“A man of little stature, thin haired upon the head, crooked in the legs, of good state of body, with eyebrows joining, and nose somewhat hooked, full of grace; for sometimes he appeared like a man, and sometimes he had the face of an angel.”
This is arguably the only information we have from antiquity concerning a physical description of the Apostle Paul. It is found in the Apocryphal book Acts of Paul and Thecla.
The only biblical description of Paul comes from his own words. 2 Corinthians 10:10 says, “For they say, “His letters are weighty and strong, but his bodily presence is weak, and his speech of no account.” The word “weak” (ἀσθενής; asthenes) may mean an individual who has a small and sickly physical body.
However, what Paul may, or may not, have lacked in physical appearance he more than made up for in his spiritual stature. In the December 2000 issue of Tabletalk Magazine, Dr. Sinclair Ferguson had much to share about the Apostle Paul. I submit some selected quotes as an appropriate conclusion to our study on the life and ministry of the apostle to the Gentiles.
Dr. Ferguson submits that Luke’s account of Paul’s life, in the Book of Acts, first of all presents Paul as a man of poise. “Like Jesus, Paul demonstrates extraordinary, indeed otherworldly, poise – a peace that surpasses understanding, a sense that he is immortal until his work is done and the Lord’s time to call him home comes. This is a rare quality a crisis evokes in a well-known Christian. Conscious of living in the presence of God, he or she has a heavenly quality, a certain poise, a faith in holy wisdom that brings its own sense of calm.”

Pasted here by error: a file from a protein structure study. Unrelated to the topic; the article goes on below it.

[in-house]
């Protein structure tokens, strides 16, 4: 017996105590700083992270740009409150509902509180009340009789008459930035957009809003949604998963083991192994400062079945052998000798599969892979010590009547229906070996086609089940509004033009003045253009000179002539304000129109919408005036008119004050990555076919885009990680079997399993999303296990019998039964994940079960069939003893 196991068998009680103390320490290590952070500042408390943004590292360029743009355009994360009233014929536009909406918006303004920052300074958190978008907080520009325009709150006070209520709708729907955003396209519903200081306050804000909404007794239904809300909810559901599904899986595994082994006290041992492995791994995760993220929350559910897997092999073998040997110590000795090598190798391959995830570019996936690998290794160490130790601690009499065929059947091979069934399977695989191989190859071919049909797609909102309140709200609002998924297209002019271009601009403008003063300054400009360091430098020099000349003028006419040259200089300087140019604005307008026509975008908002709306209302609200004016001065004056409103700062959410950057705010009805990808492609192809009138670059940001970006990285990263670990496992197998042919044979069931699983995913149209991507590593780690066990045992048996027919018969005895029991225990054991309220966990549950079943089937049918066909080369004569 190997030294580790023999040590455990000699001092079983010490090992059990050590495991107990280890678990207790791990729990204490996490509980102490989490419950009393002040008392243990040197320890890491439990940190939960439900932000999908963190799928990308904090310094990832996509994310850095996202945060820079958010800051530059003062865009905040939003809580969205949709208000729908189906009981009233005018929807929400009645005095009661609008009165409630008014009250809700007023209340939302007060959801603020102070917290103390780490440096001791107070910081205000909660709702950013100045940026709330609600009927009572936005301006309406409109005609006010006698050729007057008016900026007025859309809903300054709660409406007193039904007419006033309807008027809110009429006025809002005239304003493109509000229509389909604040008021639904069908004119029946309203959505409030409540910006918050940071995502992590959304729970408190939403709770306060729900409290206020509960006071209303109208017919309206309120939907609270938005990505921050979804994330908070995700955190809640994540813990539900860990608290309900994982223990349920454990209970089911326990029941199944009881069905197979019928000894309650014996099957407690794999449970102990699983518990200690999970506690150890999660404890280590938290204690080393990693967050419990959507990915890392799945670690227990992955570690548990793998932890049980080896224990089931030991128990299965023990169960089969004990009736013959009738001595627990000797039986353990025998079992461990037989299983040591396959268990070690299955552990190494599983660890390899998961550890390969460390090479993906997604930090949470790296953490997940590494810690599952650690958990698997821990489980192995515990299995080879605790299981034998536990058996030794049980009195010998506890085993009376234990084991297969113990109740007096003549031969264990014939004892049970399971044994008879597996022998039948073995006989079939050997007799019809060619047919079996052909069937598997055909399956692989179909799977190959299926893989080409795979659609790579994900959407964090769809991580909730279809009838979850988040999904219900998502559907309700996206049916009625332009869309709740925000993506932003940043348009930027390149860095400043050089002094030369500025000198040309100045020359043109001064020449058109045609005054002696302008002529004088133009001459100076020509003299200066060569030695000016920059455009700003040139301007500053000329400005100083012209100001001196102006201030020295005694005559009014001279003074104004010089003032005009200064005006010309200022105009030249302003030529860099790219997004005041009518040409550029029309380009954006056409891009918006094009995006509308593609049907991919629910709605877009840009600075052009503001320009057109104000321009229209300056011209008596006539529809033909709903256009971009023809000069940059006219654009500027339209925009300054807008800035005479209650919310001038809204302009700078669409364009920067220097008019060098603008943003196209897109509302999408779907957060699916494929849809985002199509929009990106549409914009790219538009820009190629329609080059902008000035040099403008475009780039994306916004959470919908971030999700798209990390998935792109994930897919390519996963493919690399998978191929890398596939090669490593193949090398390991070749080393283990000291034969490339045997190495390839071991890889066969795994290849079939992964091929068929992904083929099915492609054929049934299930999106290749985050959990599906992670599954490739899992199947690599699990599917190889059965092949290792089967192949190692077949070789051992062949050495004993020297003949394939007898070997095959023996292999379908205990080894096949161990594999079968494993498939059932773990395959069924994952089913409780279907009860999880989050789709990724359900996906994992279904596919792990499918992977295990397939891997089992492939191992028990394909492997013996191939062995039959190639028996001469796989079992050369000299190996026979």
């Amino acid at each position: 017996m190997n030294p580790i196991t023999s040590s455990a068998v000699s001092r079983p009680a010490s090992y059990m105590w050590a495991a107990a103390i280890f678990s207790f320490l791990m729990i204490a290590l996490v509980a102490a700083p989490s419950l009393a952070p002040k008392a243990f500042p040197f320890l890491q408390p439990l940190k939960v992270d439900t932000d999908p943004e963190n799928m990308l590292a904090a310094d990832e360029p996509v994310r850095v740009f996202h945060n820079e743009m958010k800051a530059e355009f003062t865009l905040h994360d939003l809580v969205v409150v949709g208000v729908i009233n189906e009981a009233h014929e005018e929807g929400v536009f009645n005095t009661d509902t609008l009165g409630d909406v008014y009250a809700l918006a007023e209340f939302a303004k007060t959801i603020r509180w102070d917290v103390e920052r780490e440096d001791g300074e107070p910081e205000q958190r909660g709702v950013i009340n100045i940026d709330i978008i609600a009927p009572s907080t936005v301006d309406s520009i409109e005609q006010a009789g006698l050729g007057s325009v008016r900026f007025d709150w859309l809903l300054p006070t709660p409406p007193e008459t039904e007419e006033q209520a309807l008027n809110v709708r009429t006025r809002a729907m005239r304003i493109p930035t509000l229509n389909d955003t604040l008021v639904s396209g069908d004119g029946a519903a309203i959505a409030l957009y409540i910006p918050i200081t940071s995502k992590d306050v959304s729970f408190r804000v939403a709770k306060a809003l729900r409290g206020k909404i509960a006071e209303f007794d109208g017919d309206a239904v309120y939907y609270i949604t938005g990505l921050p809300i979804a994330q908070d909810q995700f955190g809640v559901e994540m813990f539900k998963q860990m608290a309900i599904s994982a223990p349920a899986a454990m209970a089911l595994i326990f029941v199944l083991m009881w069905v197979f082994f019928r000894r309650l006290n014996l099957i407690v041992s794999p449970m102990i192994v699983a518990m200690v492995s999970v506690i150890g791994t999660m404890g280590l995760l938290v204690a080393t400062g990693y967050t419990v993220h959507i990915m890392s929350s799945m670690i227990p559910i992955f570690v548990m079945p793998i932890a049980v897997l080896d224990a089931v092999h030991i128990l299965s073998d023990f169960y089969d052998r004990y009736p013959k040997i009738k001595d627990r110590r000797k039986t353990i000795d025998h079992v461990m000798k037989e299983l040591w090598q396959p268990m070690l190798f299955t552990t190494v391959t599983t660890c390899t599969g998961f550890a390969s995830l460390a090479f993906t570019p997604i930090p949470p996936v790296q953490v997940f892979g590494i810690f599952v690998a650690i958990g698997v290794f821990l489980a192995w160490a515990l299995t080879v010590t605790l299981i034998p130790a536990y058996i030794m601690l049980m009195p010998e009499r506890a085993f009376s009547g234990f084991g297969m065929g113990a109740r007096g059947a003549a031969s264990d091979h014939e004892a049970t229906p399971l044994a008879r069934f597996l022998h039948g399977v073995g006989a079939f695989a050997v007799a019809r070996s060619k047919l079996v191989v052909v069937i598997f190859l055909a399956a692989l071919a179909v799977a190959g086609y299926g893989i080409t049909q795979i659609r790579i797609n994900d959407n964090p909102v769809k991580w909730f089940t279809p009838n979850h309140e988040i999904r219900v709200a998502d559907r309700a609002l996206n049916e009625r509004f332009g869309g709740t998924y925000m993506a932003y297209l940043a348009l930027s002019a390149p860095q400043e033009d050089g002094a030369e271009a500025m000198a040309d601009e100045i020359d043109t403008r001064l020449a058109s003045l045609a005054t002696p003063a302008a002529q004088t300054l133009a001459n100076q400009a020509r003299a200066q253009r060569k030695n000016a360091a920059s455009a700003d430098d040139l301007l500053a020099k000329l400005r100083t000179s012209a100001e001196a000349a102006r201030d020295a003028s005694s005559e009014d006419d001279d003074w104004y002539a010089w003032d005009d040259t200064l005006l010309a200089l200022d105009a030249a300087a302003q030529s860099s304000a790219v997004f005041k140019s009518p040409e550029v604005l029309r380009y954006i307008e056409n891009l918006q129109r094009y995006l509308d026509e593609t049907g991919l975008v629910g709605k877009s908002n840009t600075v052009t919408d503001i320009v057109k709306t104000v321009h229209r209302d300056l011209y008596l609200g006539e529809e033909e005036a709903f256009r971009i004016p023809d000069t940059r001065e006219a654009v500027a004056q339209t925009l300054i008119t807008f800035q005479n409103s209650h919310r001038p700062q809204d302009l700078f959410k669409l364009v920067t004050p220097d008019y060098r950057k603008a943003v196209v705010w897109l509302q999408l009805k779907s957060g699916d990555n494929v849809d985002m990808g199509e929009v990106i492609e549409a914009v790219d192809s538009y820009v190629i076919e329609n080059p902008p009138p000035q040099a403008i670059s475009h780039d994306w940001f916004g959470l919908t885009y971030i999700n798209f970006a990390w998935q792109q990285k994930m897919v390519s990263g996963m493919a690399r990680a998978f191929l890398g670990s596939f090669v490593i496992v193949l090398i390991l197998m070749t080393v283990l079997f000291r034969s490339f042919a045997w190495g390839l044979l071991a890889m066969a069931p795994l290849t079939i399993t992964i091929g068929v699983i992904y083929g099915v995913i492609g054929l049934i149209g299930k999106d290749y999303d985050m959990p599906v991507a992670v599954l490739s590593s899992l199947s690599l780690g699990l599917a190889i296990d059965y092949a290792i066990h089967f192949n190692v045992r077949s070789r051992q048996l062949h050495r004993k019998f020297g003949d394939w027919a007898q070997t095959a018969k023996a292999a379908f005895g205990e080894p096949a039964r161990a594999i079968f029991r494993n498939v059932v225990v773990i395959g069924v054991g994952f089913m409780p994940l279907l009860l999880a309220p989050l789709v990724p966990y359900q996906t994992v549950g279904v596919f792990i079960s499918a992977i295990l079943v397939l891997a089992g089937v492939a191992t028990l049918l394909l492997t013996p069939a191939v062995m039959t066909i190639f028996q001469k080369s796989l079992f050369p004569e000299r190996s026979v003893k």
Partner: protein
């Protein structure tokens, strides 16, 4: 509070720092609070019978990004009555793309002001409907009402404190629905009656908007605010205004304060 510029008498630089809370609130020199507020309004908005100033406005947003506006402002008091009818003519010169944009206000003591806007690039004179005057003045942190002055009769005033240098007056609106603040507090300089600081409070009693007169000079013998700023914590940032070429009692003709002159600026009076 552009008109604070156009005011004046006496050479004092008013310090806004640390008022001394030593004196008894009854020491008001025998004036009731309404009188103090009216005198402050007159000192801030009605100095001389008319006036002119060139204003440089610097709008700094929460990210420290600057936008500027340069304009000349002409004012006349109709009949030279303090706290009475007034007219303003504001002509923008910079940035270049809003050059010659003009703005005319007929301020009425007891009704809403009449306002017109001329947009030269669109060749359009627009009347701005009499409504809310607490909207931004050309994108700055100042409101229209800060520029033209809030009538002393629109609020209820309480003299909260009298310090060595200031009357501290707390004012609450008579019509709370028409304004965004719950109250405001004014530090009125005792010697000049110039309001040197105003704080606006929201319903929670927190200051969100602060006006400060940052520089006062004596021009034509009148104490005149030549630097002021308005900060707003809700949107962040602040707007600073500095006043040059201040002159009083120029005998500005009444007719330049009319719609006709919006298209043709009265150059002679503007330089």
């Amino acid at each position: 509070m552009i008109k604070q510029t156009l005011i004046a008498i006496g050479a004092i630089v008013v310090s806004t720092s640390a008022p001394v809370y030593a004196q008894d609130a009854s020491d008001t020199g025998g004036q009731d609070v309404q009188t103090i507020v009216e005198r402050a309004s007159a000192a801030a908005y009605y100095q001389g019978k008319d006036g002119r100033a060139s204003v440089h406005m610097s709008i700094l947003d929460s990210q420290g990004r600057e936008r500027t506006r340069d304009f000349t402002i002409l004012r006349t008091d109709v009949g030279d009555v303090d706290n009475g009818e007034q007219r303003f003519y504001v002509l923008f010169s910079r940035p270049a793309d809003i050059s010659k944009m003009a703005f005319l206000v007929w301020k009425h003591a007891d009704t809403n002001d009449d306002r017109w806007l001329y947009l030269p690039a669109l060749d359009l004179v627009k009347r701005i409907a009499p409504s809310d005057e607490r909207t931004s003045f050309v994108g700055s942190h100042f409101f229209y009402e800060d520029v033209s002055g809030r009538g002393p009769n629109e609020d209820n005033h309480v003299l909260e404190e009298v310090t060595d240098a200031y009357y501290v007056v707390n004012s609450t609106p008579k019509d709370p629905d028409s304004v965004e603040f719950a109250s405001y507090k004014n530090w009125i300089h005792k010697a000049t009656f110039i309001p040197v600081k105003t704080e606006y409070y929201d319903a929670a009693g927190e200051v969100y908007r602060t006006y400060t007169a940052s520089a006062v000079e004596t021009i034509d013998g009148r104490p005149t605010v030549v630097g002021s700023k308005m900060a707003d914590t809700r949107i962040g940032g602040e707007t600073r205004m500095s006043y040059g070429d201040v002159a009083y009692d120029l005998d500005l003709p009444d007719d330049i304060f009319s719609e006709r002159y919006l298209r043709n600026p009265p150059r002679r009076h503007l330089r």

Secondly, Dr. Ferguson submits that Luke presents Paul as a man of simplicity. He was always living for Christ. “Luke gives a delightful illustration of how it comes to expression when he describes Paul emerging, soaked from head to toe, on the beach at Malta. This man who has met the risen Christ, planted so many churches, suffered much, preached everywhere, spoken to governors and kings – what is the first thing he does? He wanders around gathering sticks to put on a fire so that everyone can huddle around and dry off (Acts 28:1-3). He is a man who has learned to do the spiritual things naturally and the natural things spiritually. No complicated complexes about self-image and position here! His Christian life, whether preaching, teaching, praying, debating – or gathering sticks – is one seamless robe worn gladly in loving service of Jesus.”
I like the statement that the Apostle Paul was a man who learned to do the spiritual things naturally and the natural things spiritually. This is the profound truth of biblical poise and simplicity. May we all imitate Paul as he imitated the Lord Jesus Christ.
Soli deo Gloria!